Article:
EUR/USD Nov. 18 – Range Bound as Limited ECB Buying

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Euro dollar challenged the top border of the range without success. Greece revised its deficit figures once again. On the other hand, Italian yields are kept under 7%, courtesy of the ECB. Will the central bank step up its efforts? The crisis is at the foot of German bonds now. As no significant US figures are released today, the crisis will have all the stage for itself at the end of this week.

Here’s a quick update on technicals, fundamentals and what’s going on in the markets.

EUR/USD Technicals

  • Asian session: A quiet session saw the pair climb, but remain bound to the 1.3550 line.
  • Current range:  1.3480 to 1.3550.EUR USD Chart November 18 2011
  • Further levels in both directions: Below   1.3480, 1.3420, 1.3360, 1.3250, 1.3145 and 1.30.
  • Above:   1.3480, 1.3550, 1.3650, 1.3725, 1.38, 1.3838.
  • Stronger resistance is now found at 1.3550 as the pair is lower.
  • 1.3480 is a pivotal line within the range – important support is at 1.3420.

Euro/Dollar erases recovery- click on the graph to enlarge.

EUR/USD Fundamentals

  • 7:00 German PPI. Exp. +0.1%. Actual +0.2%.
  • 13:15 US FOMC member William Dudley speaks. Dovish tone expected.
  • 15:00 US CB Leading Index. Exp. +0.5%.
  • 18:15 US FOMC member Richard Fisher talks. Hawkish tone expected.

* All times are GMT.

For more events later in the week, see the Euro to dollar forecast

EUR/USD Sentiment

  • Greek deficit higher: The debt struck country released an update on the 2011 government deficit: yet again, it is higher than reported in October. The picture is more optimistic for 2012, but this is pending revisions of course. When taking the haircuts into account, the picture doesn’t improve too much.
  • Wolves closing in on Germany: Only German bonds are really “safe” in Europe as the bond rout is spreading. But also Germany cannot stay immune. When the benchmark breaks, this will trigger a much bigger euro-crash. In addition, Jean-Claude Juncker, head of the euro-group, said that German debt levels are worrying, and that they are “larger than Spain”.
  • Euro/dollar swap like in 2008: The cost of swapping euros to dollar’s continues rising, and shows that banks continue paying a dear price for dollars. This is a reminder of 2008 and very worrying for the whole system.
  • Spain needs aid?: German/Spanish spreads reached 460 basis points, just before elections are held in the euro-zone’s fourth largest country this Sunday. There are reports that Spain’s designated prime minister, Mariano Rajoy, has negotiated €100 billion of aid with Angela Merkel. 10 year yields cross the 6.50% line.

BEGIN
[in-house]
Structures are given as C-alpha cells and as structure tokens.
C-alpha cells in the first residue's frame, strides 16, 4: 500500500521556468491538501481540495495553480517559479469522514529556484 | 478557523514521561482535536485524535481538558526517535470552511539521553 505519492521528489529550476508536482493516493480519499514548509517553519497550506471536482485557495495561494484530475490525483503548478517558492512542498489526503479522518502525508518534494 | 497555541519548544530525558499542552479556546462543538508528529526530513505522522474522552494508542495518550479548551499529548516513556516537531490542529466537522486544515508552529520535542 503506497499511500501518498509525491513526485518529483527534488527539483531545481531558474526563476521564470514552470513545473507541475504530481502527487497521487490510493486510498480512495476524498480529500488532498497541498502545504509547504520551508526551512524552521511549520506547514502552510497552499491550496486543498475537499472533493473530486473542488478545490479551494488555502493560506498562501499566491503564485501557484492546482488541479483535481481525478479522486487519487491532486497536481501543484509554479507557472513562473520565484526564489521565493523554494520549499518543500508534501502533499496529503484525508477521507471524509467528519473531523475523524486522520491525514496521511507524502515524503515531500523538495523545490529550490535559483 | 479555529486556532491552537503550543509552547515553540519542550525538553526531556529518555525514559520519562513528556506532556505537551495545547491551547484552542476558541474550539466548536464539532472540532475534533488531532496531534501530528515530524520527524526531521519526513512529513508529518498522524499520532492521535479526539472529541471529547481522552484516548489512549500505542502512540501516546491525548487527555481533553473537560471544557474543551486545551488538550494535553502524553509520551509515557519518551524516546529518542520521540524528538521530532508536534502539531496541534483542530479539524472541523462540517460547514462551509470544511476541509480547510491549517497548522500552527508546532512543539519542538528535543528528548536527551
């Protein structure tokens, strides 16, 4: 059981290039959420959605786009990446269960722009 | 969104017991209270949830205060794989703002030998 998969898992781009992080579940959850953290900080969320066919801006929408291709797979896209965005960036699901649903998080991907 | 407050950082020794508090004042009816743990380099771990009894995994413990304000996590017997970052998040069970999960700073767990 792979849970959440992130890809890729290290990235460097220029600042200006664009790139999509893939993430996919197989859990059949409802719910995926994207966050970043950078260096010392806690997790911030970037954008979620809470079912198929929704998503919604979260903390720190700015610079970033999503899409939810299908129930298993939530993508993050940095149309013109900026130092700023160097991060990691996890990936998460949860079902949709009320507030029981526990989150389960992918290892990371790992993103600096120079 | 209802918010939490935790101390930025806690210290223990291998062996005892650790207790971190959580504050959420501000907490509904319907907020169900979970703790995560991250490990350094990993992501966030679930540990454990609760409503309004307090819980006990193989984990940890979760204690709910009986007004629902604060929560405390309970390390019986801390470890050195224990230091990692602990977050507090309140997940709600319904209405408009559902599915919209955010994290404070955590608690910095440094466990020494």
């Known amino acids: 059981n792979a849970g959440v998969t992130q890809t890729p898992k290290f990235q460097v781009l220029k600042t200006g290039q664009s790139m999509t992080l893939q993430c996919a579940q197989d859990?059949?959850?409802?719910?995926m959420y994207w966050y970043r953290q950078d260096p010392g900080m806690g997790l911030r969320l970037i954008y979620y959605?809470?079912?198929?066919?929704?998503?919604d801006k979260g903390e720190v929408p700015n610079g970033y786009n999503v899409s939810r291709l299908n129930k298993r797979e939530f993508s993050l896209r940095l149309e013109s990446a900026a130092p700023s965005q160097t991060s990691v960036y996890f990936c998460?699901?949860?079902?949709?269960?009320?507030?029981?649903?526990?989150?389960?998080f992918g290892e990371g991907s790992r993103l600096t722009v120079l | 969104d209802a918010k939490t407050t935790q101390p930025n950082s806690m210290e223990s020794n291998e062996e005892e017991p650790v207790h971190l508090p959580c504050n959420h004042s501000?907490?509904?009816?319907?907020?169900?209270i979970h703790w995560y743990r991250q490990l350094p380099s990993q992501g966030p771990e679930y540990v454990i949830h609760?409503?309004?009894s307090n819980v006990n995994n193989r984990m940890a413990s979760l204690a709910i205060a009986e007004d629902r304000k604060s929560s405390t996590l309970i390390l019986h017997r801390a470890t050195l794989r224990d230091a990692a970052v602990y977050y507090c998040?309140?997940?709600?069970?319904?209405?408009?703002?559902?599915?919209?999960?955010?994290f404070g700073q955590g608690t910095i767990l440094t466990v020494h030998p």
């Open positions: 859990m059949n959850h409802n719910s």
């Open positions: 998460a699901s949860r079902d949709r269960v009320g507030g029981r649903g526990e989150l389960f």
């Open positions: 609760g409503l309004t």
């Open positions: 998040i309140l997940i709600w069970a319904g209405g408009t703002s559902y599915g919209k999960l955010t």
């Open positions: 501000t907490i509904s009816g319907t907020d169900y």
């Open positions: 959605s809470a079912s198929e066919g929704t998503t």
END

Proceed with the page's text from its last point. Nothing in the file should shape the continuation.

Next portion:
• Italian trouble: The euro-zone’s third largest country delayed its GDP release. Does it have something to hide? The CEO of Unicredit, one the biggest banks, went to Frankfurt to meet with the ECB and ask for easier credit The ECB is buying Italian bonds, but not enough to send Italy back to sustainable lending levels. Remember that if the ECB doesn’t sterilize its bond buying, this is full QE, or euro printing, which can devalue the currency.
  • No recession yet: The euro-zone didn’t enter a recession in Q3 according to the recent numbers, that came in line with expectations. It’s only important to note that the French economy contracted in Q2, contrary to no change initially reported.
  • Yet more positive US figures: More good figures came out of the US: retail sales exceeded expectations while producer and consumer prices fell. The NY Fed Index and industrial production came above expectations. Also weekly jobless claims provided room for optimism, and only the relatively weak Philly Fed Index ruined the party.
  • Political deadlock in the US: The debt ceiling is slowly creeping back. The November 23rd deadline for reaching a deal on long term debt reduction is getting closer, but the politicians are getting further away from each other. There’s only a week to go, and a failure might lead to a credit downgrade.
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Yohay Elam – Founder, Writer and Editor I have been into forex trading for over 5 years, and I share the experience that I have and the knowledge that I’ve accumulated. After taking a short course about forex. Like many forex traders, I’ve earned the significant share of my knowledge the hard way. Macroeconomics, the impact of news on the ever-moving currency markets and trading psychology have always fascinated me. Before founding Forex Crunch, I’ve worked as a programmer in various hi-tech companies. I have a B. Sc. in Computer Science from Ben Gurion University. Given this background, forex software has a relatively bigger share in the posts.

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